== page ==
UAE Tops Number of Malicious Programmes Says Kaspersky Lab

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Kaspersky Lab, a developer of secure content management solution, announced at Gitex Technology Week, being held in Dubai World Trade Center from the 14th until the 18th of October, that the UAE tops the number of malicious programmes and Egypt bears malware infections detected on hard drives and removable Media in the Middle East.

We counted the average number of malicious programs that have been detected and blocked per each user of Kaspersky Security Network in these countries for the third quarter of 2012. It turned out that we have blocked or removed about 17 malware per each active KSN user. This is two times more than average for North America. In UAE and Oman we found 22 and 18 malware per each KSN user accordingly. The lowest value in the region is in Kuwait, where we blocked 11 malicious objects per user.

The second very important factor is how malicious or unwanted programs infiltrate on users computers in GCC countries. To do this, we analyzed how often our products detected or blocked a malicious program on users’ machines, while user was surfing the internet or was inserting removable media or just scanning his or her hard drive. So we have two main attack vectors: from web&mail and from local networks plus file/removable drives infectors.

The average share of internet users attacked in GCC during third quarter of 2012 was 24,4%. This means that each fourth user in GCC faced malware while surfing the internet! The over average value have Oman, Qatar and United Arab Emirates. For Saudi Arabia it is in the middle with 24,4% and it corresponds to the 81 position in the global ranking of countries on this indicator and 4th for the GCC countries.

In the case of infections, detected on hard drives of computers and removable media (flash-drives), in GCC this figure is much higher, than for Internet – 37,5%. The greatest value have Egypt 46% and Oman-43,5%, which means we found something malicious particularly on each second hard drive or removable device like usb-flashdrive in these countries.

When it comes to self-propagating malware with no user interaction main factor is number of well protected computers in the country. There still a lot of computers with outdated software in the GCC region and computers with no antivirus installed and this is just perfect environment for self-propagating malware, which is really widespread here.

Now let’s take a look on the malware spreading in GCC countries and Egypt. While surfing the internet most users faced malware when searching some kind of pirated content – cybercriminals use these resources to spread malware or while visiting hacked websites.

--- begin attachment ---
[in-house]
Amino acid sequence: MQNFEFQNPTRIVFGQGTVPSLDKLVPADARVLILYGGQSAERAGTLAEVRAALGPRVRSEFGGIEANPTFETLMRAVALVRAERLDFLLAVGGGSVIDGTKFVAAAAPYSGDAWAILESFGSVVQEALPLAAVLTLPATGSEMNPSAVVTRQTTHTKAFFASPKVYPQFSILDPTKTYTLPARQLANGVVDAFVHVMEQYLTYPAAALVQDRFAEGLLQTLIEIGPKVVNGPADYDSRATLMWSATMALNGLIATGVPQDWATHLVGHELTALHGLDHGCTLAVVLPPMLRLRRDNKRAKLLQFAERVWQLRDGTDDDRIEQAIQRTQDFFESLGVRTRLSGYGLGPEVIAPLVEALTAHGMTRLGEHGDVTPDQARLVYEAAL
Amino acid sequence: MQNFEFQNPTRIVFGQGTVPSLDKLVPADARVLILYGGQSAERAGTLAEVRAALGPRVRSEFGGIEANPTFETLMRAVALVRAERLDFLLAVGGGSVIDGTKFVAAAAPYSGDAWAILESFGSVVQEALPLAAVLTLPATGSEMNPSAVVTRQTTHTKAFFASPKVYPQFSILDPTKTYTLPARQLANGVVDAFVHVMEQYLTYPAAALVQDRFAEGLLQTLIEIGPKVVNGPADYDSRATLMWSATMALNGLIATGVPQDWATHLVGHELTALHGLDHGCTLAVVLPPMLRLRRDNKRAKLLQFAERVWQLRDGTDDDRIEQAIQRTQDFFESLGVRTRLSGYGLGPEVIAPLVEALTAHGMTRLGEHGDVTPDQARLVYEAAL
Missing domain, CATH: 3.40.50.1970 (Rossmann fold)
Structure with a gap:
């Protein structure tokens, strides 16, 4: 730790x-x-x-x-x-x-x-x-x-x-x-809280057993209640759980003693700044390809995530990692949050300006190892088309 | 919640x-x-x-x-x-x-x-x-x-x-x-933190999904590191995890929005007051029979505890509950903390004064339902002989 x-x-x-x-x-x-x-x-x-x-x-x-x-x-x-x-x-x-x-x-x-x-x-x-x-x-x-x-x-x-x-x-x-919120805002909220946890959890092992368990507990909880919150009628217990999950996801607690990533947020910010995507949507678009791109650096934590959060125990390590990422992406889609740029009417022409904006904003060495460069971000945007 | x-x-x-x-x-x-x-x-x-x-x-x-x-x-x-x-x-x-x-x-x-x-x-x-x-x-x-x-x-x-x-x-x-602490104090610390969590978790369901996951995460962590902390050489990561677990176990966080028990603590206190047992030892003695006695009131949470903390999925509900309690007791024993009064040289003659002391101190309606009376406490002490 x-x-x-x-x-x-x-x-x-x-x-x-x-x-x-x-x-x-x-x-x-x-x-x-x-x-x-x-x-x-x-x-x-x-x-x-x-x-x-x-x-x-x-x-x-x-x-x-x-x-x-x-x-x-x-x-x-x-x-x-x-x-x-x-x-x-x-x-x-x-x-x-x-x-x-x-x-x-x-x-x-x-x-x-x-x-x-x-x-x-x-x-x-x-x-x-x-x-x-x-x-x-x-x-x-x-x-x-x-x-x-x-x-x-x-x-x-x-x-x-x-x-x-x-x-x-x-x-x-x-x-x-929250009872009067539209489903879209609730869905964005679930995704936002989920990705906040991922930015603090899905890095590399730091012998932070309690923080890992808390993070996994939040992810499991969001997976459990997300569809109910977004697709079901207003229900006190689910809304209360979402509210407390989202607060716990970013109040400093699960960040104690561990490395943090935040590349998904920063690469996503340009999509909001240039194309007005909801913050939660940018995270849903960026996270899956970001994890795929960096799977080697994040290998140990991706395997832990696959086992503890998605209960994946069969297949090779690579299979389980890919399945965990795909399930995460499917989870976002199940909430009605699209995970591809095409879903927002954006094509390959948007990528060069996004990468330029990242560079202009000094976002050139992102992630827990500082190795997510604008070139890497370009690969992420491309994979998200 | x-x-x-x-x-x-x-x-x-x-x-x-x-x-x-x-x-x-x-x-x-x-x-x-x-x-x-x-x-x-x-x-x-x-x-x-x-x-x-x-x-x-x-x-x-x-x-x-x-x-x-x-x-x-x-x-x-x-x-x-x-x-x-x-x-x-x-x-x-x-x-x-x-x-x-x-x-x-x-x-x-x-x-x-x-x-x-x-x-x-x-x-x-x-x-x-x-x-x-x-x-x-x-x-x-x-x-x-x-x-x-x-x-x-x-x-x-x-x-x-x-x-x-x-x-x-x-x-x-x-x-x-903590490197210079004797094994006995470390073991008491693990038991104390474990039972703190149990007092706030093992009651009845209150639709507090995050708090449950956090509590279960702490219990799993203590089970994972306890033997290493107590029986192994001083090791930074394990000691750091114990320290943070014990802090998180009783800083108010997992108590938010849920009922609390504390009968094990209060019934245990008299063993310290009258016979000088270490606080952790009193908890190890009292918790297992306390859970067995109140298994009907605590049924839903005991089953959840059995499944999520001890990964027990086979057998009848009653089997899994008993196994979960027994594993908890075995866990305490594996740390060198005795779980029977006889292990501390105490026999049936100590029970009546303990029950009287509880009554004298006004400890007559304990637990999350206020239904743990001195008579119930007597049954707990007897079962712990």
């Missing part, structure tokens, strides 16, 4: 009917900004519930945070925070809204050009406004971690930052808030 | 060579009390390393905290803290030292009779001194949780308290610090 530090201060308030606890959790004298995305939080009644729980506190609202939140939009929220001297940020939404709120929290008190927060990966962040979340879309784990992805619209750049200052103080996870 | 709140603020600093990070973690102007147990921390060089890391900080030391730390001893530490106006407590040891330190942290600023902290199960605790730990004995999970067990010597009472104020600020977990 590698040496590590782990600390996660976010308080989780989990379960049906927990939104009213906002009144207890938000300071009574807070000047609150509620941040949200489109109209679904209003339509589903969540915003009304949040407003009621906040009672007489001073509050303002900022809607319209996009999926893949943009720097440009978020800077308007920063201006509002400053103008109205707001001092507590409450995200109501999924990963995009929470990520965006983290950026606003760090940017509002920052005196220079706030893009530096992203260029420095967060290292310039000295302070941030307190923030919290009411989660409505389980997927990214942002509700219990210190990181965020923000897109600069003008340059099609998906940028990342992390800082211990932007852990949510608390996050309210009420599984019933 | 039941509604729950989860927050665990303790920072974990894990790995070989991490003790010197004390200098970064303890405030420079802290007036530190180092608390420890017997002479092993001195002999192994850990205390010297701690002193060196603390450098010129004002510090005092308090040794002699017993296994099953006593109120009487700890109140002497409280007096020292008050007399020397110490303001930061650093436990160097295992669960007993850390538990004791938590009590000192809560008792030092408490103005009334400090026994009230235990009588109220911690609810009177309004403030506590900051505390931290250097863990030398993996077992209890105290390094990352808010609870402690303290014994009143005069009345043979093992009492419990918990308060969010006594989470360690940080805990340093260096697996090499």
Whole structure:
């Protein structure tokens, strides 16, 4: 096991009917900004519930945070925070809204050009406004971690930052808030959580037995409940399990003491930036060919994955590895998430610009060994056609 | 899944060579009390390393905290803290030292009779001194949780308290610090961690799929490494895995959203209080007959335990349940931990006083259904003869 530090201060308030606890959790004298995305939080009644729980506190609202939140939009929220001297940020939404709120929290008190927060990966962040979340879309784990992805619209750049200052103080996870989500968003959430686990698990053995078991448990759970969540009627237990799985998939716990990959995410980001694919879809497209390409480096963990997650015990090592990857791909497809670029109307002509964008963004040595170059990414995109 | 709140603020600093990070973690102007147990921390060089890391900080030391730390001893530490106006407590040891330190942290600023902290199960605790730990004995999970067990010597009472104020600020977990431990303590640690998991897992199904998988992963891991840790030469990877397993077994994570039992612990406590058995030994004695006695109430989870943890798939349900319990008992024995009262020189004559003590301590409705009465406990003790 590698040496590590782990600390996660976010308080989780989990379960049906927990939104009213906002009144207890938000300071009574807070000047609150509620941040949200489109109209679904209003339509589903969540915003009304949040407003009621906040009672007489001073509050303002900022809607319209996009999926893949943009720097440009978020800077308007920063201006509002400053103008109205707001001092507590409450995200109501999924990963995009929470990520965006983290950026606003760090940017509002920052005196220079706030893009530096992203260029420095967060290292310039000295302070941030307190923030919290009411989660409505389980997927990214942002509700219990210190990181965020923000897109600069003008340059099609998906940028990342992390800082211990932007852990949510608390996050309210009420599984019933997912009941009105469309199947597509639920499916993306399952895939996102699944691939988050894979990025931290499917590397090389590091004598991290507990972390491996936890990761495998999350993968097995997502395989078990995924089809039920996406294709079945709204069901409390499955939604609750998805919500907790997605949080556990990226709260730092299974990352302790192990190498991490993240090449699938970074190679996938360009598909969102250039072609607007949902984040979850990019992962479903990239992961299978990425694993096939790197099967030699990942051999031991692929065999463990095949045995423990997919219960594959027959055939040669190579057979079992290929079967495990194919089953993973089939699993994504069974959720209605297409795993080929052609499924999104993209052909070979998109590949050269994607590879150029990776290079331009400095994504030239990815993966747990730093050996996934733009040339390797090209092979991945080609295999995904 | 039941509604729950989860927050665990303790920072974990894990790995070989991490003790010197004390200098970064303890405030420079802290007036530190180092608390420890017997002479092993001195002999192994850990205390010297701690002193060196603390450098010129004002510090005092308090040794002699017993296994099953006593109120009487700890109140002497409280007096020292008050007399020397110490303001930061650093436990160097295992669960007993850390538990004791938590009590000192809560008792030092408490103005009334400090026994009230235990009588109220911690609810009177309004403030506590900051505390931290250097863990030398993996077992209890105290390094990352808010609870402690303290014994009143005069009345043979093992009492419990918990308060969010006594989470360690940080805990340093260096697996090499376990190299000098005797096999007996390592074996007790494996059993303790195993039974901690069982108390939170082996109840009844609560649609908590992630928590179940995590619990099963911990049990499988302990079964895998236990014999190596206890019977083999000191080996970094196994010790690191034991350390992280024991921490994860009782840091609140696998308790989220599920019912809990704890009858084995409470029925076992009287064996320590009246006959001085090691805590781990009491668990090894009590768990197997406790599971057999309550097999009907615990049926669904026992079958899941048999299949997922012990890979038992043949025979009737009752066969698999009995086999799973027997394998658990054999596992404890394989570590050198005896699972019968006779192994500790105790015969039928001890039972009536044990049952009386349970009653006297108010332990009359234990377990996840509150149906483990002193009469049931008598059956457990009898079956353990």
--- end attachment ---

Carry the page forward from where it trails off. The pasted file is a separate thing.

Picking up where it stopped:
In both cases cybercriminals use some kind of automatic redirection to exploits pack. Exploit packs are very commonly used in today’s drive-by attacks. An exploit pack is a set of programs that exploit vulnerabilities in legitimate software programs running on the victim machine. In other words, the exploits open a sort of back door via which malicious programs can infect the computer. Since attacks on the web take place through the browser, cybercriminals need to exploit vulnerabilities in the browser, in browser add-ons (Flash Player), or in third-party software (Java, Acrobat Reader) which is used by the browser to process content. The main purpose of exploit packs is to download and launch executable malicious files without the user noticing.

On users computers in these countries we have detected a lot of self-replicating threats like Net-worm.Win32.Kido, Virus.Win32.Sality, Worm.Win32.Mabezat and several Trojan-downloaders. All such threats form a huge botnets that a used for «delivering» different kind of malware on users’ computers. Most likely it would be a Trojan-Banker programs that are designed to steal user account data relating to online banking systems, e-payment systems and plastic card systems. The data is then transmitted to the malicious user controlling the Trojan. Also such botnets deliver spam, ddos and proxy-bots that are used by cybercriminals to send spam, organize ddos-attacks and hide their activity.

As we can see most attacks nowadays are launched using exploits that take advantage of software errors. Which apps are most susceptible to exploits in GCC countries and Egypt? The answer is illustrated in the pie chart below: Java, Adobe Acrobat Reader, Adobe Flash, Android OS and Windows.

Users should install updates for these programs — or even better yet, allow automatic updates for these programs. More effective way to defend against exploits is to use modern internet security solution which has automatic exploit protection system.

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